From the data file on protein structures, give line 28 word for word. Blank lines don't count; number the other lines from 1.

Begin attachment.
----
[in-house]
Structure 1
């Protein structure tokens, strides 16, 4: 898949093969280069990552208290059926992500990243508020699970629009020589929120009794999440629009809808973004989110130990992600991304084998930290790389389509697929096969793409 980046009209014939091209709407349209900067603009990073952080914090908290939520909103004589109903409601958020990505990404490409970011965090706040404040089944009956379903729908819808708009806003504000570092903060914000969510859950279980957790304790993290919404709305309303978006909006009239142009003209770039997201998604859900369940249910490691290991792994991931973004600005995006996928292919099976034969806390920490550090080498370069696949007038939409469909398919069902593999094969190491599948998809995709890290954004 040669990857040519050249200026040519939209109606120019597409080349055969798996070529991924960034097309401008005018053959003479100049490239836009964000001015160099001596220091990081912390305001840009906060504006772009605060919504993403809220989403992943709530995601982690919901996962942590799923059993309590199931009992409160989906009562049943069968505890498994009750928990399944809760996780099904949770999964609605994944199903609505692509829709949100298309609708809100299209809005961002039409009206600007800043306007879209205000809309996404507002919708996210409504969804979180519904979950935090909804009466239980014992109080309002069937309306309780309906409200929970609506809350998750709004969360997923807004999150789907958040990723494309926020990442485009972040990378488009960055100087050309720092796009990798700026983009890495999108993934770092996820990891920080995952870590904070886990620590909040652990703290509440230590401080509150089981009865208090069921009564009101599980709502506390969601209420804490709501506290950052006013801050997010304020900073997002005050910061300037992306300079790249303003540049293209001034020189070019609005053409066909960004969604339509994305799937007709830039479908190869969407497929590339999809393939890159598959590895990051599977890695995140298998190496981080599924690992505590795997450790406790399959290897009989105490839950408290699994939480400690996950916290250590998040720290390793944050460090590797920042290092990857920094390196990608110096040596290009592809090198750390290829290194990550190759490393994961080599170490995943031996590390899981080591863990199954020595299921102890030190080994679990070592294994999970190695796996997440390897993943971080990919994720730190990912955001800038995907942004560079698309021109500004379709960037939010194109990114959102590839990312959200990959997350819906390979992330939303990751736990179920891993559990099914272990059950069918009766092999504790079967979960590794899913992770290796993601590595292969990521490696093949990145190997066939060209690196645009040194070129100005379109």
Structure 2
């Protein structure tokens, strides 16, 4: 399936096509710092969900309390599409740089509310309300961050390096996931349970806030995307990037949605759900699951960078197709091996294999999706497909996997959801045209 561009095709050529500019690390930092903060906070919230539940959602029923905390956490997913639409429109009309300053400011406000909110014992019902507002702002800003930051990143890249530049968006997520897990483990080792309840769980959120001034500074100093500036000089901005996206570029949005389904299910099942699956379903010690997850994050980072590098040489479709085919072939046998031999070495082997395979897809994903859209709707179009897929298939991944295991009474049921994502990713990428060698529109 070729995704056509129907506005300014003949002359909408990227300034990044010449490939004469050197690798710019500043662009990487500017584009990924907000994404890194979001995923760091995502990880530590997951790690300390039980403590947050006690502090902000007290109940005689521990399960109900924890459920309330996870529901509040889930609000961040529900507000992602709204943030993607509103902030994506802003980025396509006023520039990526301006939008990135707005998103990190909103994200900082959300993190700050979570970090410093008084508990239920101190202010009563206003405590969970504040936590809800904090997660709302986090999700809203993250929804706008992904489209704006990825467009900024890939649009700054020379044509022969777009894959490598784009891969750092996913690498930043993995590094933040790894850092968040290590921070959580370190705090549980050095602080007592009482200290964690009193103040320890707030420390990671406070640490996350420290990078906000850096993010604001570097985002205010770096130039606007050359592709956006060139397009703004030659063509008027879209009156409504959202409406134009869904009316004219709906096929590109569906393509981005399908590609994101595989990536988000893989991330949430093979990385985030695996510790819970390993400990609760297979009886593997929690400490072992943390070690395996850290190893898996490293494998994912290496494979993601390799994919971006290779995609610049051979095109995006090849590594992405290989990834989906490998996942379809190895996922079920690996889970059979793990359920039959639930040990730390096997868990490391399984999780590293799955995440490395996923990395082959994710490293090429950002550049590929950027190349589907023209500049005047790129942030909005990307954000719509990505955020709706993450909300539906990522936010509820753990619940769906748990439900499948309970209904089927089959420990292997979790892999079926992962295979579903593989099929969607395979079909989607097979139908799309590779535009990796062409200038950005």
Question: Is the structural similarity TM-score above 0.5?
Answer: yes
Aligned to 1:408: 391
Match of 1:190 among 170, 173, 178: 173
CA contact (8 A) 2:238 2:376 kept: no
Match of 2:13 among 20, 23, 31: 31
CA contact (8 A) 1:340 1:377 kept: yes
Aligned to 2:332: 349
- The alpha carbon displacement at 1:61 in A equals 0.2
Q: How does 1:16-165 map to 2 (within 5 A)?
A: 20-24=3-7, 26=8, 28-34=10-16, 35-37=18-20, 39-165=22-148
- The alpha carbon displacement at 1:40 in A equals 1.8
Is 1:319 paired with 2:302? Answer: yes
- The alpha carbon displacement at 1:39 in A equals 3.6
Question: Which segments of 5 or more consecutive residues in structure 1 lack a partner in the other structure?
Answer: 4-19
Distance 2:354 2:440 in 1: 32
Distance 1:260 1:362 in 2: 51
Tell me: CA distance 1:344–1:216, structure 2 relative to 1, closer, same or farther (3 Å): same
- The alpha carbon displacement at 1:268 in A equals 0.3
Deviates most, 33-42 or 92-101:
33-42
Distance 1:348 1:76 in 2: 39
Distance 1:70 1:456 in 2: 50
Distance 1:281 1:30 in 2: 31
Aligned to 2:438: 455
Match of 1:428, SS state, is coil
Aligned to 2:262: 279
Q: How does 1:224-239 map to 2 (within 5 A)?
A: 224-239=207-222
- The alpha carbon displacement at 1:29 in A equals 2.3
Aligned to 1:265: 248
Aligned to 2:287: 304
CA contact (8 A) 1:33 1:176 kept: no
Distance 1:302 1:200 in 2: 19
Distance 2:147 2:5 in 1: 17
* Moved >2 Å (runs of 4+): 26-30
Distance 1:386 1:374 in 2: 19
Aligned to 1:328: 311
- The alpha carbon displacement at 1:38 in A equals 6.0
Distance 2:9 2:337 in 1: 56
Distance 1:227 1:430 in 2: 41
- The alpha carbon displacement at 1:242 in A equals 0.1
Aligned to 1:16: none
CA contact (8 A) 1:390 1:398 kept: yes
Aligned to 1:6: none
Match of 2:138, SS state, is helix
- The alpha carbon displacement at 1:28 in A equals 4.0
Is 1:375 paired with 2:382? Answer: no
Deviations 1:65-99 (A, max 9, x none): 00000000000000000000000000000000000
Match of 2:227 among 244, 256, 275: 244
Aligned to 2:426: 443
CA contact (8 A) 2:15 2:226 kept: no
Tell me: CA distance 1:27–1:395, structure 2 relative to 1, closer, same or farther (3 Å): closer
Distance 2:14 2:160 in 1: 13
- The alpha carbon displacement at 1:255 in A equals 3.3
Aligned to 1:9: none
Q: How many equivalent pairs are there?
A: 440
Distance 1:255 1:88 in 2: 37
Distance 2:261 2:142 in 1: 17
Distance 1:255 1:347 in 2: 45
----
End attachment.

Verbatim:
Distance 1:348 1:76 in 2: 39